So as to the steep learning curve --- it took me a day or two to being able to do what I want, so it seems to me it's really easy to learn once you know some distributed vcs. I found out the documentation is much better than in mercurial --- in git one just types "git help command" and a full man page fires up with lot's of information and examples. In mercurial, one just gets a couple lines (compared to git) of help in the terminal, without examples. Also the first (actually second) thing I noticed is that "git log" (and other commands like "git diff") doesn't scroll out my terminal, but uses "less" automatically -- that's just great. The first thing I noticed is that git is superfast for almost every operation, especially it's noticeable with "git diff". As to the community, I only had a chance to send a few emails to the git list, so I cannot really say, but so far it's very responsive and friendly.
However, those are just little things that can (and I am sure they will) be fixed in mercurial as well. What is a big thing are branches, especially remote branches. One just fetches a remote repository and then works with it like with any other local branch, e.g. one can switch to it, or just "git log some_remote_branch" to see what is in there. One can easily compare them etc. With mercurial, I was using "hg out" and "hg in" commands to see what changes I will pull or push, but those commands require internet connection, so it really sucks and it's slow. In mercurial, I was using different directories for different branches, but that's just extremely inconvenient and also slow (creating a new branch is just a matter of adding one file, not copying the whole repository --- for example with the sympy hg repository, I often had to wait several seconds to clone a repo, while with the git repository it's just instant) and big (in terms of megabytes).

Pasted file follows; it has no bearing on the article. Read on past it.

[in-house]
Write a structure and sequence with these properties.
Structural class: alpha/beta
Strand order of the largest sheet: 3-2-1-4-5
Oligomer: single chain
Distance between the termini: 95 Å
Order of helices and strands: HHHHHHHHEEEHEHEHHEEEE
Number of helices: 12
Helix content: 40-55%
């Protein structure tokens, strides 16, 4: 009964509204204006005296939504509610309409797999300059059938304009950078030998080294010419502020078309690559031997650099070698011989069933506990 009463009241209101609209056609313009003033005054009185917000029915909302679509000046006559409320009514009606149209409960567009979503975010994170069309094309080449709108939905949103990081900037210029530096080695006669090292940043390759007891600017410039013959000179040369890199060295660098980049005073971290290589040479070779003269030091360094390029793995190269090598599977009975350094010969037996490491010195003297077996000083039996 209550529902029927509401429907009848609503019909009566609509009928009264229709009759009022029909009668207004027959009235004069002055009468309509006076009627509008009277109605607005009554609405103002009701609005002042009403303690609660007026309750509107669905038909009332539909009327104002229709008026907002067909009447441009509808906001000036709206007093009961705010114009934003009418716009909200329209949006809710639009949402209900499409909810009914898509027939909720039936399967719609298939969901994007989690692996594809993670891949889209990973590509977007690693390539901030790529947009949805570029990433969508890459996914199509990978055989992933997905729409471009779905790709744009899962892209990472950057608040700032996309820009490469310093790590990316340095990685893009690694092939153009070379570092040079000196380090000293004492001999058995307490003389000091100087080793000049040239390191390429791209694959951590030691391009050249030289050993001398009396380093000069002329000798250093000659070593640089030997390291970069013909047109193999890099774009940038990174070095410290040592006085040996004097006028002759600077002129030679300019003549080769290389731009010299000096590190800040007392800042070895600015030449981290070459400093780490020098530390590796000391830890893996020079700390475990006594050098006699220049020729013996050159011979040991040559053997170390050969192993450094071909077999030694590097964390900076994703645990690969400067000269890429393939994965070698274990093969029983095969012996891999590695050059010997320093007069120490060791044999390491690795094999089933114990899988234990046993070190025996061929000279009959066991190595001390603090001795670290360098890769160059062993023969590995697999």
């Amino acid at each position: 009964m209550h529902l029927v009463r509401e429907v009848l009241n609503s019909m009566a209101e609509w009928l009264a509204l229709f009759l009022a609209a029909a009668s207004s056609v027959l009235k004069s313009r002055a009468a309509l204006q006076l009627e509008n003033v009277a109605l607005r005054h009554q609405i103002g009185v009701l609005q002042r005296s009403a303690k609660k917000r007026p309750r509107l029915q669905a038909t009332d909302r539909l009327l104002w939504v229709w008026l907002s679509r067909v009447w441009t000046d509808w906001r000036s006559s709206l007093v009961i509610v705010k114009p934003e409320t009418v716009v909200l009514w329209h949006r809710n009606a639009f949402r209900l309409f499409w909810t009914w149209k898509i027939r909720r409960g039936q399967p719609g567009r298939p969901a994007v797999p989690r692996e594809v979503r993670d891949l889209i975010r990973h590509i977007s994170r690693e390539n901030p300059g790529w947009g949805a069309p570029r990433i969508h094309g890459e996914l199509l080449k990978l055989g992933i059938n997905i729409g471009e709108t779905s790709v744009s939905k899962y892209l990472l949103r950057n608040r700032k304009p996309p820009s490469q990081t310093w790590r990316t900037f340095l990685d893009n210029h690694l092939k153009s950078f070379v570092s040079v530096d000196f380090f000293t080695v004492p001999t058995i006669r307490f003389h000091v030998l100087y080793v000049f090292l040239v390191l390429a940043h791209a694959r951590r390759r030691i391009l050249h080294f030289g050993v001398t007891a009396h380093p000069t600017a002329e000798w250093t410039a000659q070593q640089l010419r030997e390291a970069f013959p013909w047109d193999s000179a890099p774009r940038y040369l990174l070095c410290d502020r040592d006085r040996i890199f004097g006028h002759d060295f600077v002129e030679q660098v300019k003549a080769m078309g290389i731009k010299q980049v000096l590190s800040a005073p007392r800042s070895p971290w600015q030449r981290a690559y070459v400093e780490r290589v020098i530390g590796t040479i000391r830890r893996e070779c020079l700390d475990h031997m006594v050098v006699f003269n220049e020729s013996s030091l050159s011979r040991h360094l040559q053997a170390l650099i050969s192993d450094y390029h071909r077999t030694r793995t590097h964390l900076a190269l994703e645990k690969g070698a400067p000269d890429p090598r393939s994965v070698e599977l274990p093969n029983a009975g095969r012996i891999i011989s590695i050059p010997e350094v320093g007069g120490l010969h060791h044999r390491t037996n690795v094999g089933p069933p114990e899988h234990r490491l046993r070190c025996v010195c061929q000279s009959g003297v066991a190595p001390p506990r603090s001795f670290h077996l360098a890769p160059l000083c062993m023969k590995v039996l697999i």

The bible of Mercurial, the hgbook says:
In most instances, isolating branches in repositories is the right approach.
But I think it's the wrong approach. The only argument for doing this that I accept is that sometimes you are not sure which branch you are in in git --- well, I use this trick (actually, just read the documentation of __git_ps1 in /etc/bash_completion.d/git), so my bash line always says which branch I am in using the red color. I never do any mistakes with this.
Anyways, I could continue like this (e.g. check out "git svn", "git rebase -i" and many other things), but you can read why git is better for example here, no need to repeat here. I am very happy now and I can only recommend to learn git.
So let me also say some things that are worse in git --- one thing that could be improved are URLs of the gitweb (hgweb urls are neat, gitweb urls use "?id=..." stuff). Another thing is that the debian package git is not git! You need to install git-core to get git (but this seems to be getting fixed).
There is also an interesting discussion happening right now in the debian-python mailinglist about switching the DPMT repositories to git. I think almost all opinions (for and against) were already stated, but if you have some opinion that wasn't yet said, please do so.
Those gitweb urls should improve soon enough: there was a patch to use prettier PATH_INFO-ish locations, which should be in the just released version 1.6.1.
I myself realized that I mainly use git as a patch manager on top of svn - for which I find it very powerful.
There are still some things I don't like, after a couple of months of usage:
- the whole remote thing is very ackward from a UI POV, including the error messages. Almost every problem I got with git were related to this.
- There is also a lack of integration, which I guess explains some weird error messages - but those are relatively rare
- I find the doc very bad, personally. the man pages are way too detailed and unfocused - in general. There is a lack of middle doc: something more than the tutorial (which is OK I think) and less than the whole thing - I don't care about the internal of git so much.
- the worse: when I have to go back to subversion, it feels even worse than before.
Post a Comment